By Rosalind Russell

Basra - After a two-week siege, British tanks shot their way into the centre of Basra on Sunday in an attempt to stamp out dogged resistance in Iraq's second city from paramilitary fighters loyal to President Saddam Hussein.

British officers confirmed reports by Iraqi civilians leaving the city that a column of tanks and armoured personnel carriers had reached Baghdad Street running through the centre of Basra, Iraq's main southern city close to the Gulf coast.

"It's a town we clearly have got to get into and we've got to finally eradicate the ruling Baath Party and the irregulars who are operating in there," British military spokesperson Chris Vernon told BBC television.

"We are doing it with tanks that can take enemy small arms fire and with our infantry," Vernon said, adding that the British had seized a moment of opportunity after receiving information from residents on the whereabouts of Baathists.

Troops of the Irish Guards and Royal Scots Dragoons Guards had set off at dawn from a base near a bridge on the southern edge of Basra in 14 tanks and 14 Warrior armoured personnel carriers, Irish Guards Captain Alex Cosby told Reuters.

They advanced four kilometres to a roundabout Cosby described as the gates of Basra before pushing on. Residents later reported seeing 10 tanks about two kilometres further into the city.

It was not immediately clear whether the British forces intended to establish a permanent presence in central Basra or withdraw again after raiding their targets.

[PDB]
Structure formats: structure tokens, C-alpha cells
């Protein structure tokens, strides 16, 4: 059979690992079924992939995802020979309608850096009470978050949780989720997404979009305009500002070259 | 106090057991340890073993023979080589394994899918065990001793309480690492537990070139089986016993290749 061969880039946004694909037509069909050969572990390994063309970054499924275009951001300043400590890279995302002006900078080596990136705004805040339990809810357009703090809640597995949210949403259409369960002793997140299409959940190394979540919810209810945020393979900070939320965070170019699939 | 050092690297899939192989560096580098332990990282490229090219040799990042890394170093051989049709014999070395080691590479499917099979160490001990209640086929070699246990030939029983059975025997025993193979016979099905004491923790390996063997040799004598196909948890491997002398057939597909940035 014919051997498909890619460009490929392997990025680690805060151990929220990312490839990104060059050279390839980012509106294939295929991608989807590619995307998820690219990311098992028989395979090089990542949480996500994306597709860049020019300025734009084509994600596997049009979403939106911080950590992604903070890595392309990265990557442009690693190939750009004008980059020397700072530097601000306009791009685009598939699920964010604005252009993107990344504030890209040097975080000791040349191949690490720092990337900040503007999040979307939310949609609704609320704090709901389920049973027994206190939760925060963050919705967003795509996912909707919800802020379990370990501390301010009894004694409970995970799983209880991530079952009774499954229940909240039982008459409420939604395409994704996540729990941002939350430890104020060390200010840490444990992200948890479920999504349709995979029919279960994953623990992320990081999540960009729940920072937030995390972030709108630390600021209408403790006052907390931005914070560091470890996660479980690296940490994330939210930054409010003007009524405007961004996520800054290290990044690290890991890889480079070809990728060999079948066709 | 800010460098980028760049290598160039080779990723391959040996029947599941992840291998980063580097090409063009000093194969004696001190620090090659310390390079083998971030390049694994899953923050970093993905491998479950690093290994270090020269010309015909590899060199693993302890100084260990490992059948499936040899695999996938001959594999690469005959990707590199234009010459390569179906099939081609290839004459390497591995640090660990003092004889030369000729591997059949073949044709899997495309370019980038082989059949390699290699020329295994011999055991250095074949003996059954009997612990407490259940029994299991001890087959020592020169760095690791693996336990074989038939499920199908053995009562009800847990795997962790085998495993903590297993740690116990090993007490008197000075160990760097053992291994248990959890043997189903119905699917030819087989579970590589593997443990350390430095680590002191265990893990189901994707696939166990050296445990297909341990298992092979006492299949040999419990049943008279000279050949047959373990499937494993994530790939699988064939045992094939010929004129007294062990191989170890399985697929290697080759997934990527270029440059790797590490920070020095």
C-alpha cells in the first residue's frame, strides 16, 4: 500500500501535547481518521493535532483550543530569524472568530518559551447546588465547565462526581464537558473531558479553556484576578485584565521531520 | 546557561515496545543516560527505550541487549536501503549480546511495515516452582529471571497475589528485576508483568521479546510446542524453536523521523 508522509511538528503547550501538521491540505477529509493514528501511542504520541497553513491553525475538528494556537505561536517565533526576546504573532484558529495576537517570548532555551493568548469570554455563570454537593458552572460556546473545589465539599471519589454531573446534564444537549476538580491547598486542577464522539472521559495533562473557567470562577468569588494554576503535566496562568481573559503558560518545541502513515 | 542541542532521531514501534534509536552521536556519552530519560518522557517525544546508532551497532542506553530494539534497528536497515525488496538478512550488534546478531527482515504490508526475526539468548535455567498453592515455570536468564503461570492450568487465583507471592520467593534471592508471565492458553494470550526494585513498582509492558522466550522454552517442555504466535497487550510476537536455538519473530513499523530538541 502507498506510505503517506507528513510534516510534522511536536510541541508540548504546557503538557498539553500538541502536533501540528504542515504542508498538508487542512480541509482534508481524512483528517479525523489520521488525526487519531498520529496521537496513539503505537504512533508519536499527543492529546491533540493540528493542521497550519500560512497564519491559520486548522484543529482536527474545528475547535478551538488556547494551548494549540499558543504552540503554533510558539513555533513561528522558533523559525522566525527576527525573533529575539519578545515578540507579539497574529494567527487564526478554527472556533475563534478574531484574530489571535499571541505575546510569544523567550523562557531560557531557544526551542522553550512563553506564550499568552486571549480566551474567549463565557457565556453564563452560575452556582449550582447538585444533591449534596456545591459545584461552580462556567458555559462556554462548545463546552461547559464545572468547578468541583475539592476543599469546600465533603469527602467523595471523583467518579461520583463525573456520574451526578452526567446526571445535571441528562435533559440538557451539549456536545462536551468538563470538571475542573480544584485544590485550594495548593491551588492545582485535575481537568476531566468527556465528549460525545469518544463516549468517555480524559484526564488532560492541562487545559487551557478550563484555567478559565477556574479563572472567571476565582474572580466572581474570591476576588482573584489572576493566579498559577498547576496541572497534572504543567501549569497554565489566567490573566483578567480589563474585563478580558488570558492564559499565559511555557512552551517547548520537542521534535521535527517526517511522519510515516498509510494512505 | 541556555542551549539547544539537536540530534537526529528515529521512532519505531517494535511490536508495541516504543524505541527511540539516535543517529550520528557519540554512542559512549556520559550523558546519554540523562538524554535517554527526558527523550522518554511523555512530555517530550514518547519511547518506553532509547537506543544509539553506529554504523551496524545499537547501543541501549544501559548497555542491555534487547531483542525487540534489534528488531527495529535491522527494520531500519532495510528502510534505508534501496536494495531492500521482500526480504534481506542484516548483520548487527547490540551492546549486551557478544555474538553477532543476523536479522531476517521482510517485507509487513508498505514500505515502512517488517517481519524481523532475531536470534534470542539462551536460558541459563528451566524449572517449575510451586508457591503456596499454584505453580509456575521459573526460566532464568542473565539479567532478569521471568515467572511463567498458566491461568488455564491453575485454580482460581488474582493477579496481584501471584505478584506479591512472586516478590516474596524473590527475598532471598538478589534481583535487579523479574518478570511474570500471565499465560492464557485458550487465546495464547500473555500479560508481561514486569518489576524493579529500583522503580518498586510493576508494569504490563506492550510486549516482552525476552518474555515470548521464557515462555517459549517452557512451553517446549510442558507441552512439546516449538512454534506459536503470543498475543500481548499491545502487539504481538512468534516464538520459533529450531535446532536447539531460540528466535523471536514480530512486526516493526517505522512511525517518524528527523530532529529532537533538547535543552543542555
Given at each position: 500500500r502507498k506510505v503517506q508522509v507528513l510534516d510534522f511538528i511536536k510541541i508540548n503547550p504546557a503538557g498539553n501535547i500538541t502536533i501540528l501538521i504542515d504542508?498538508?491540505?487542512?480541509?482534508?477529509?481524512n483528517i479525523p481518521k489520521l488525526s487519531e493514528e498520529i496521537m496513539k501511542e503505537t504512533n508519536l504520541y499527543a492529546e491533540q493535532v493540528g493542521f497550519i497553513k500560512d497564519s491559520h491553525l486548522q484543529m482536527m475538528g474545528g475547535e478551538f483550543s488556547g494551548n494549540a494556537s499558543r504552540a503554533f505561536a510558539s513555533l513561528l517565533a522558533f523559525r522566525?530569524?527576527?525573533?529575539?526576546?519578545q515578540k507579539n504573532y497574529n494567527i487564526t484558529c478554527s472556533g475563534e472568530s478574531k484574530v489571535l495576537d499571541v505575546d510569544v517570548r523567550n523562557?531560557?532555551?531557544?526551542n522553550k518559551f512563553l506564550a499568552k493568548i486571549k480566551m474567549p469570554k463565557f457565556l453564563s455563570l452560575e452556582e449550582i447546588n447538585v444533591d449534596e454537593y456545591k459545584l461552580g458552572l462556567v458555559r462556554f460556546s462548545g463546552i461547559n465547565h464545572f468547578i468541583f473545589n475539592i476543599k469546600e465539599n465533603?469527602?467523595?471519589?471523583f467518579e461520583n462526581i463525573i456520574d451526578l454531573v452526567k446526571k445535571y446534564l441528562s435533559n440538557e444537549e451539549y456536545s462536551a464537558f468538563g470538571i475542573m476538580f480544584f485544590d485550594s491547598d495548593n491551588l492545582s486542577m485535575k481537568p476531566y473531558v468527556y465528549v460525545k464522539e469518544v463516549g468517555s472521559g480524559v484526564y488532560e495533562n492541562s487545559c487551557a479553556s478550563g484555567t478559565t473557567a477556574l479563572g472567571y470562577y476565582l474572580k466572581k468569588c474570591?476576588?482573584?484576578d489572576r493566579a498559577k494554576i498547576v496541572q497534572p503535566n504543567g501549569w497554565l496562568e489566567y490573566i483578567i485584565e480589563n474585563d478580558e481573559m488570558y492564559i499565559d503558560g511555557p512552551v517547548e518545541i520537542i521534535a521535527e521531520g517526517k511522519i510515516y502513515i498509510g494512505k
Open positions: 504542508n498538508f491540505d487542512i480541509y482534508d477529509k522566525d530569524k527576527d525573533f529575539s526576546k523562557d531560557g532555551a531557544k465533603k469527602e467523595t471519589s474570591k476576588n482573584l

In early afternoon, this correspondent saw 15 tanks and troop carriers returning to their base near the bridge. But 15 Challenger tanks later left the base heading towards the city.

British officers and Basra residents said the British column had met fire from Iraqi Fedayeen paramilitaries in Basra and along the main road leading up to the city from shanty towns on the outskirts.

"We met resistance but a lot has been destroyed. We have destroyed some armour and we are now engaging bunker positions," Cosby said at one point.

British and United States forces have been encircling Basra since soon after invading Iraq from the south on March 20. They have so far held back from trying to storm Basra, saying they want to avoid major civilian casualties.

At the US and British central command in Qatar, a British military spokesperson said the aim was to set up checkpoints within the city boundaries "to reassure the population that we are coming to liberate them".

"There's still a fair way to go but this is another step forward," Group Captain Al Lockwood told Reuters.

British and US officials had hoped the Shi'ite Muslim people of Basra, who have no love for Saddam, a Sunni, would rise up of their own accord against Baghdad.

But Iraq's southern Shi'ites have bitter memories of doing just that after the 1991 Gulf War and being brutally suppressed by Saddam's forces after getting no help from the United States and its allies.

There have been persistent reports of Baathists intimidating Basra residents during the latest war. On Sunday, pro-Saddam militiamen with AK-47 assault rifles opened fire on private vehicles in an attempt to force civilians to fight British and US troops, witnesses said.

As this correspondent drove towards central Basra behind the British column, half a British dozen tanks could be seen along the road with their barrels pointing down side streets where commanders believed Iraqi militiamen had been hiding.

Spent 50-millimetre tank shells were lying around. There were signs of people looting factories in what appeared to be a mixed residential and industrial area.

A mystery that US and British forces are hoping to solve in Basra is the fate of Saddam's cousin and confidant Ali Hassan al-Majid, "Chemical Ali" - who organised the use of poison gas against Kurdish villagers in 1988.

The US military said on Sunday it had found the body of Ali's bodyguard in a house that was bombed in Basra on Saturday but could not confirm the fate of Ali himself. Iraq denied he had been hit.